Weekly Daf #200
Shabbos 9 - 15 - Issue #200
9 - 15 Kislev 5758 / December 8 - 14 1997
9 - 15 Kislev 5758 / December 8 - 14 1997
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Pain in the Grave
Although their father had requested to be buried near his parents, circumstances prevented his sons from immediately fulfilling his wish, and they were forced to temporarily inter him in the city where he died. When they finally were able to transfer his remains to the family plot, there was a serious complication arising out of the decomposing flesh which emitted a terrible odor and was in danger of falling apart. The only solution was to pour lime on the body to hasten the decomposing process. But they were in doubt as to whether they were permitted to do something which would cause pain to their dead father, as Rabbi Yitzchak says: "The worm is as painful to the dead as a needle to the flesh of the living."
This question came before Rabbi Shlomo ben Aderes (Rashba), one of the great early Talmudic commentaries. His response, in which he rules that it is permitted to do so in order to fulfill the wish of the deceased father, contains a statement which seems to run counter to the Talmud's explanation of Rabbi Yitzchak's statement.
When Rabbi Shimon ben Gamliel offered an explanation for his generation's lack of sensitivity to the miracles they enjoyed he used the expression "The flesh of the dead does not feel the scalpel." This expression is quoted by Rashba as a reason for ignoring the consideration of pain caused by pouring lime on the dead body. But this expression seems to be in direct conflict with the statement of Rabbi Yitzchak, based on a passage in the Book of Iyov, about the dead body sensing the pain of worms. This conflict is resolved by the Talmud by modifying Rabbi Shimon ben Gamliel's expression to read "The dead flesh in a living body does not feel the scalpel."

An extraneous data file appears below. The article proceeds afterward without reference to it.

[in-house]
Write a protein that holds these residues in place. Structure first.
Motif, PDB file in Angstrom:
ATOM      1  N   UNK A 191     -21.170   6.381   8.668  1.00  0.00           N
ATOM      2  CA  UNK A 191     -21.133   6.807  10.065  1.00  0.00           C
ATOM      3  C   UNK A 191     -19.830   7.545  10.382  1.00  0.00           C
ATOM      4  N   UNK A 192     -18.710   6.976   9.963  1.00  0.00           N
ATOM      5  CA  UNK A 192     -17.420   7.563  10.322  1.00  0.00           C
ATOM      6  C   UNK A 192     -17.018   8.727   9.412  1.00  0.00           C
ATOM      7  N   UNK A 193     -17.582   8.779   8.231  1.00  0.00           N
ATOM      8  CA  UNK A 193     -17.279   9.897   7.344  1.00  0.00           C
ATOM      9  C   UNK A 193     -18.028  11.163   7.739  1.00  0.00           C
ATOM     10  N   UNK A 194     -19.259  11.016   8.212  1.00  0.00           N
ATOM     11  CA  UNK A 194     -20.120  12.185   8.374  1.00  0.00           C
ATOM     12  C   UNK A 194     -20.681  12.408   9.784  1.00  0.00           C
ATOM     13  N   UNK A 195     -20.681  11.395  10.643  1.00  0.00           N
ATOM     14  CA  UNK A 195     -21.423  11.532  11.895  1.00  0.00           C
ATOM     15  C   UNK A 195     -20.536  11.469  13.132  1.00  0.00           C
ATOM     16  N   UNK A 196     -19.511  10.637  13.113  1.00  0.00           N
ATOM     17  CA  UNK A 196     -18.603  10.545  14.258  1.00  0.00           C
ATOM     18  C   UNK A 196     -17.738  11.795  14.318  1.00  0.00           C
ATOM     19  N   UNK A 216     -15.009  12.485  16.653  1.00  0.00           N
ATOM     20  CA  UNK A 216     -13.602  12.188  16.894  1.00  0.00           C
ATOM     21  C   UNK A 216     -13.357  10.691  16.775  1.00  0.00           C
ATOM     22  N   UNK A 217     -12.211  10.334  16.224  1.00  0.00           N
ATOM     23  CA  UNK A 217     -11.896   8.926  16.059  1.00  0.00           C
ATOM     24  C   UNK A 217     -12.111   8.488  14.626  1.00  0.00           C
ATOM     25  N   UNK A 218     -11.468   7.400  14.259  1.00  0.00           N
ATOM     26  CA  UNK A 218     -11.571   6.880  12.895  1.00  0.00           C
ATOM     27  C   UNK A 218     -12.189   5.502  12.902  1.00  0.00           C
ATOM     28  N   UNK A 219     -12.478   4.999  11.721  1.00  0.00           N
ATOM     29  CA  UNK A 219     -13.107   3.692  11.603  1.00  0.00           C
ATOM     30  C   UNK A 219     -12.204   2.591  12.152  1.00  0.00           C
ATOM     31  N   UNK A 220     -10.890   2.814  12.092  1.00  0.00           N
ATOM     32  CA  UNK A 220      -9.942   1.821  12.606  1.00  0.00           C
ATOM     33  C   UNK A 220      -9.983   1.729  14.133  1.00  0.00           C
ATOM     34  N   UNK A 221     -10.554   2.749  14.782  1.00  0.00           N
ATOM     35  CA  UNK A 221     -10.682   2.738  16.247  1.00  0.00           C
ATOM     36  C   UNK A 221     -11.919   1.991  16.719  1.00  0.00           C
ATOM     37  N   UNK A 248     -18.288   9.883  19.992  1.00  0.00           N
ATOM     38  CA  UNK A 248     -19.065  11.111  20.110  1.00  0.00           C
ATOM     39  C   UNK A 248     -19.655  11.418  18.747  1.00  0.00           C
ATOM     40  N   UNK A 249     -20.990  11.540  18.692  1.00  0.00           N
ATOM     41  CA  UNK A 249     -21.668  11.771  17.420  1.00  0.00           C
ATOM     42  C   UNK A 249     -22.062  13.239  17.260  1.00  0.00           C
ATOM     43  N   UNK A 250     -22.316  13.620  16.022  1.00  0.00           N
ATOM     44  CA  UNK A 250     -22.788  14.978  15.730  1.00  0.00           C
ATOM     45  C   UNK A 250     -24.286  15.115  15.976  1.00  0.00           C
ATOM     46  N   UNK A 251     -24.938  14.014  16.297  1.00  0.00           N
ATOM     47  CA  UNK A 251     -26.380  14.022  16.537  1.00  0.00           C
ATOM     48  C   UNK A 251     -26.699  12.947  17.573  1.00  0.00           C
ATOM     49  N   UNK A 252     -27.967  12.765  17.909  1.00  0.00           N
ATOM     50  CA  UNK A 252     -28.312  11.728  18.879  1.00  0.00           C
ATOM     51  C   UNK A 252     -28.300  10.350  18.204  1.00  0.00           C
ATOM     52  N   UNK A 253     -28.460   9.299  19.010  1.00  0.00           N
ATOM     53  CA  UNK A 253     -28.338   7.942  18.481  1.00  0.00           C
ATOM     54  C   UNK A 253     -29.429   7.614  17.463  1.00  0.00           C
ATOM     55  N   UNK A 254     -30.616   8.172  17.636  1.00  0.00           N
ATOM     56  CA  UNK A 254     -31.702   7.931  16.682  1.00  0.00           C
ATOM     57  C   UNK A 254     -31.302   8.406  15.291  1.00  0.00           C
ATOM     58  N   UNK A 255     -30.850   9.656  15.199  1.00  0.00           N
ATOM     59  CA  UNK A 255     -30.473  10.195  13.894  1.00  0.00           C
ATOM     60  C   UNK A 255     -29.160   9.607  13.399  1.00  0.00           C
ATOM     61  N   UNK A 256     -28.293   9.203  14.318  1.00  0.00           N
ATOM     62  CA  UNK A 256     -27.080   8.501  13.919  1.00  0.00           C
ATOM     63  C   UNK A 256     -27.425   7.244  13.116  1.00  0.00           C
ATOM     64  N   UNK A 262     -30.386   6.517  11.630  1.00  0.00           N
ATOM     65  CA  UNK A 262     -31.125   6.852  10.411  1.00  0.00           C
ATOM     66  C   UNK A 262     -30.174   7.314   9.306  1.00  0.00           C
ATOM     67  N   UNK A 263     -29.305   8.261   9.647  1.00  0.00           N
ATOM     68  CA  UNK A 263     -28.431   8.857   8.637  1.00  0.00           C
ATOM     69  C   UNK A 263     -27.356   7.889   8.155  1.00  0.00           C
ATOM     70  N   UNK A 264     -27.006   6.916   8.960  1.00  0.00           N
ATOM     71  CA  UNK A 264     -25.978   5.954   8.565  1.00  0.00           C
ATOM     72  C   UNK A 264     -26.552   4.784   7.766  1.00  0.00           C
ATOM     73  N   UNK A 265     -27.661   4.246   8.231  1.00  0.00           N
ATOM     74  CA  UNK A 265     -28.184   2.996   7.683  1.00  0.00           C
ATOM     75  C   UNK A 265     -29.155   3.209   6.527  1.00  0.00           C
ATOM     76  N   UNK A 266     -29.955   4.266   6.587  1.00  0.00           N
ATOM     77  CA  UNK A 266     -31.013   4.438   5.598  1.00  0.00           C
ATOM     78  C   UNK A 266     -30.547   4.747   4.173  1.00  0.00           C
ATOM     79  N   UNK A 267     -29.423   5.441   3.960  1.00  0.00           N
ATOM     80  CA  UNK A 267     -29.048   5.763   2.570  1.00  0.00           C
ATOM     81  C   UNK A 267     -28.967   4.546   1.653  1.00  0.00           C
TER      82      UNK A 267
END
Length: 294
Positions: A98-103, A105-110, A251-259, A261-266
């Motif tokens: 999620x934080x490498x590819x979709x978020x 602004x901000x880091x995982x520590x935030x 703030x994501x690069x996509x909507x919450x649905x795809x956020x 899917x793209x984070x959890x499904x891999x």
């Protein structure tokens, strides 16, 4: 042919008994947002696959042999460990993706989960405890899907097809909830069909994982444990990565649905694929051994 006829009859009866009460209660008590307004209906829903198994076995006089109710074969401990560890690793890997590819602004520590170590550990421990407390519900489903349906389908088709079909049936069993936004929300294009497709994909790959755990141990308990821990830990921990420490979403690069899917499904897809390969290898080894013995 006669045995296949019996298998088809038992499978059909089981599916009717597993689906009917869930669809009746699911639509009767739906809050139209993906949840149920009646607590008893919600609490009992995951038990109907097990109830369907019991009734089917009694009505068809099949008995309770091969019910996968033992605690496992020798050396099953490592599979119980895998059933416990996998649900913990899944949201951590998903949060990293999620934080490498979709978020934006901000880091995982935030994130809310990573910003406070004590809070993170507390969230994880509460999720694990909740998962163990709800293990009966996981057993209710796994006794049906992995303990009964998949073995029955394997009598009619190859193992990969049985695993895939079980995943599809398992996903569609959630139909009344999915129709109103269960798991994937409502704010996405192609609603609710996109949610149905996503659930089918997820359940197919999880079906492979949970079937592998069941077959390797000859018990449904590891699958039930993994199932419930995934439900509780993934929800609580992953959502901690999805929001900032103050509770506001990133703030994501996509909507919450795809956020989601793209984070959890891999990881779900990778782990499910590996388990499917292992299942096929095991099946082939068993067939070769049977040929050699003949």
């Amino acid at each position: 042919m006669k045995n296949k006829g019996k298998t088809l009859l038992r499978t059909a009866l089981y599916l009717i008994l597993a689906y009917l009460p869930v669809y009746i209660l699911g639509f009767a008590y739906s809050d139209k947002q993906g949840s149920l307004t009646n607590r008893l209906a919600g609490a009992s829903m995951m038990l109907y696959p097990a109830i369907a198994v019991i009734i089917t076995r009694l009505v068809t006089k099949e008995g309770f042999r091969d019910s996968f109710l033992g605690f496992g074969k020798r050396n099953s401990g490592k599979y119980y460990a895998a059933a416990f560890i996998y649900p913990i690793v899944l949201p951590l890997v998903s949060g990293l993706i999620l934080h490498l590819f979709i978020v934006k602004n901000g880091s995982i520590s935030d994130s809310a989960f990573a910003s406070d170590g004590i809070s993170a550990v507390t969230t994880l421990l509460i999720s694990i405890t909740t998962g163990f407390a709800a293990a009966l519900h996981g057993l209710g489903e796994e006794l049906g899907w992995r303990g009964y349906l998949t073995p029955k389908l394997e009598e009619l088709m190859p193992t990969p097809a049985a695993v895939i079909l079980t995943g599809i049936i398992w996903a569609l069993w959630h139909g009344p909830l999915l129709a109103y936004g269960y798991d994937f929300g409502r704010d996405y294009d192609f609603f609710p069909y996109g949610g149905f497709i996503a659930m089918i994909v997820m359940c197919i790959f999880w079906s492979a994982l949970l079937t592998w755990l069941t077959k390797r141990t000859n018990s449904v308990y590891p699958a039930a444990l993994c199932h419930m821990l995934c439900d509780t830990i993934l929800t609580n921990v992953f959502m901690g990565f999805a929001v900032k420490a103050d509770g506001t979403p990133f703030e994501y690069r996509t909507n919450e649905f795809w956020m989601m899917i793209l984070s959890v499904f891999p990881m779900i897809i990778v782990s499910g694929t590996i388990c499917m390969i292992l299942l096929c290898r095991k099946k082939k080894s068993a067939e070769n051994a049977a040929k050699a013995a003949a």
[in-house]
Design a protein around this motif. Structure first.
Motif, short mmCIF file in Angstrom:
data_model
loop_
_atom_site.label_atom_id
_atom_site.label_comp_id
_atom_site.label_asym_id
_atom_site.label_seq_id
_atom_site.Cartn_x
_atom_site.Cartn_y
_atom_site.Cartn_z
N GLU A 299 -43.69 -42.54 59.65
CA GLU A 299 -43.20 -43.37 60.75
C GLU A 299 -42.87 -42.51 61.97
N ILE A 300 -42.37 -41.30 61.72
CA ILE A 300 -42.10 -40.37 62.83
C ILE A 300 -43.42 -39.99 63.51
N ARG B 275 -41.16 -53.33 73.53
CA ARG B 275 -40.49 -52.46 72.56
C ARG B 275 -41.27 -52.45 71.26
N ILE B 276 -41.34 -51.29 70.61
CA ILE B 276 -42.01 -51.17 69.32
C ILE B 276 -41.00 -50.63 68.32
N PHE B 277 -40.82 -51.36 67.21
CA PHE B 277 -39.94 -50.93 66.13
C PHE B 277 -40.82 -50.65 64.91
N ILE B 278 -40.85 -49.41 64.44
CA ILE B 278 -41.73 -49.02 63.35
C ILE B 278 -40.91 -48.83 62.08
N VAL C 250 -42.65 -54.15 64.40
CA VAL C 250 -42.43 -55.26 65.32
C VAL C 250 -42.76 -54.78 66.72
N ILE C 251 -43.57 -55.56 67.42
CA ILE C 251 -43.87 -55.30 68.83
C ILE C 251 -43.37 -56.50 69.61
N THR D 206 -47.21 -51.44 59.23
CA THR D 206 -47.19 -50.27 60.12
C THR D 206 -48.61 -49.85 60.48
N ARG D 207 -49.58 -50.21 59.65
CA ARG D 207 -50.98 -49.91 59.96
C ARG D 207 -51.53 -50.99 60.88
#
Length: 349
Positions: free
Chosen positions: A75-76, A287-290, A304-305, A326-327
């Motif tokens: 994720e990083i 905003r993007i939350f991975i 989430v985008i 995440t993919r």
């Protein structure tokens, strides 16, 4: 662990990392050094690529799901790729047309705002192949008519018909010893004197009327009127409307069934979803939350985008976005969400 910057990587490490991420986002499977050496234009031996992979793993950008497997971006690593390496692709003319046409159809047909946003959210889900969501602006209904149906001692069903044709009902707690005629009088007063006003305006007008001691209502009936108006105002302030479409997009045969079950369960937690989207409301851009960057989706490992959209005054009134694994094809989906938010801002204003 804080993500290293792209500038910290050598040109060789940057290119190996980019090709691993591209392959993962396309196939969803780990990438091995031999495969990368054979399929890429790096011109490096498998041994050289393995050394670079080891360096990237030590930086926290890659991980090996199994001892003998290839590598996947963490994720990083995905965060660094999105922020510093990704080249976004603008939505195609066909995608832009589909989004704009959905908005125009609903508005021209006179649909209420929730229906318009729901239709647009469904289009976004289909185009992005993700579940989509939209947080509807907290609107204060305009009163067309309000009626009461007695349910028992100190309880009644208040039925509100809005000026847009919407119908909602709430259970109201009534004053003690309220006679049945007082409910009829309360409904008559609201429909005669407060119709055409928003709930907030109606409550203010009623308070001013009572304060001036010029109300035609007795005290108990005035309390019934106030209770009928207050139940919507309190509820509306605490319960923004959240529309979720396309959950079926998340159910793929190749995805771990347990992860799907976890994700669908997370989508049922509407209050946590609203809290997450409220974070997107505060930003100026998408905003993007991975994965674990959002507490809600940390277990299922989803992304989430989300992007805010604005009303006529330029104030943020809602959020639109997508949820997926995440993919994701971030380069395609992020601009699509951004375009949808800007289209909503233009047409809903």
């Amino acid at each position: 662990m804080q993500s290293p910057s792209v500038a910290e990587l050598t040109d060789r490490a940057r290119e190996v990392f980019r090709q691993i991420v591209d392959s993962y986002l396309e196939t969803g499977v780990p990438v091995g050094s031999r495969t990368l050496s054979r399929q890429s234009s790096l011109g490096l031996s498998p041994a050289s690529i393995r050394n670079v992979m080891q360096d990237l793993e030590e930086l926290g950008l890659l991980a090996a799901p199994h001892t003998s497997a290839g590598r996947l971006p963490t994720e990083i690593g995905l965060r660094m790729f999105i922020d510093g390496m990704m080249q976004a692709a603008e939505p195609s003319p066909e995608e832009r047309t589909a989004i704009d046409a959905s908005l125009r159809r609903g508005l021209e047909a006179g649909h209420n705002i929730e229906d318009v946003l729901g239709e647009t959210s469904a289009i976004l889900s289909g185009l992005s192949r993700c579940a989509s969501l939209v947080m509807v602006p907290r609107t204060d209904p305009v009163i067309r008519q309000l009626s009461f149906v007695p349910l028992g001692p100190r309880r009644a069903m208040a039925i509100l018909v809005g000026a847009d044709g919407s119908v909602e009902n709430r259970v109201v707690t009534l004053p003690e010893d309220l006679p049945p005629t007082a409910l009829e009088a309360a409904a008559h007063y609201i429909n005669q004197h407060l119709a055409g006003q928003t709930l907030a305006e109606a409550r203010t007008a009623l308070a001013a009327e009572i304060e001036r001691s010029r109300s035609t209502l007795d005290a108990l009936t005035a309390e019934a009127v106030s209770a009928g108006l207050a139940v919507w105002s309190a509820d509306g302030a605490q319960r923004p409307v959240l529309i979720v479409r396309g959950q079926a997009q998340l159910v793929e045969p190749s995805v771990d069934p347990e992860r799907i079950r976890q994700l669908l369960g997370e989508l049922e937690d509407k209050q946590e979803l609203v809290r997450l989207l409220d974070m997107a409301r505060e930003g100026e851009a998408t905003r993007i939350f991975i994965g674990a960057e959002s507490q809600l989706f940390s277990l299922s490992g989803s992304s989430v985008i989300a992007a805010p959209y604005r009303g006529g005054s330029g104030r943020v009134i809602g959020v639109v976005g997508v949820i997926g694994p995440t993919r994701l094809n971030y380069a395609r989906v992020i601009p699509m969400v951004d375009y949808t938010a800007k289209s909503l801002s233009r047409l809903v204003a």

If the Talmud's conclusion is that the dead body does indeed sense pain how does Rashba cite the unmodified version of Rabbi Shimon's statement indicating the opposite?
In his "Responsa Shvut Yaakov," Rabbi Yaakov Reisha, a later Talmudic commentator, explains that Rashba's intention was not to suggest that the dead body feels no pain, but rather that the consideration of being buried together with family outweighs this factor, and it may therefore be assumed that the father's wish was to endure the pain in order to achieve burial in the family plot.
(A completely different approach is used by Tosefos Yom Tov in Mesechta Avos 2:7, who maintains that it is only the soul which feels the pain of the body being humiliated. There is greater difficulty, however, in reconciling this approach with the conclusion of the Talmud.)
When to Keep it a Secret
When should you keep a gift a secret and when should you let the recipient know that you are his benefactor?
"One who gives a gift to his friend should inform him that he has done so."
This statement in the name of the Sage Rav is based on Hashem's order to Moshe Rabbeinu to let His people know concerning the gift of Shabbos "that they may know that I am Hashem Who sanctifies them." (Shemos 31:13) Rabbi Shimon ben Gamliel extends this concept to the need for one who gives a child some food, to somehow communicate this kindness to his mother.
The reason for all this, explains Rashi, is that if the recipient of the gift is aware of the identity of the giver this will promote a greater affection between the two parties. This approach, points out Tosefos, is therefore limited to situations in which the gift is an expression of the feelings of friendship which the giver has for the recipient. Where the gift is made, however, because of the needy situation of the beneficiary, the assumption is that the receiver will feel less embarrassment if he is not aware of the tzedakah giver's identity.
This idea is expressed in Mishlei 21:14 as "A gift in secret subdues (Divine) anger," and was personified by the Sage Mar Ukva. He used to secretly place a sum of money daily through a slit in the door of a needy Jew in his neighborhood. The Talmud (Kesuvos 67b) describes how this sage virtually risked his life to avoid his identity being revealed to this recipient in order to avoid embarrassing him.
General Editor: Rabbi Moshe Newman
Production Design: Lev Seltzer
HTML Design: Eli Ballon
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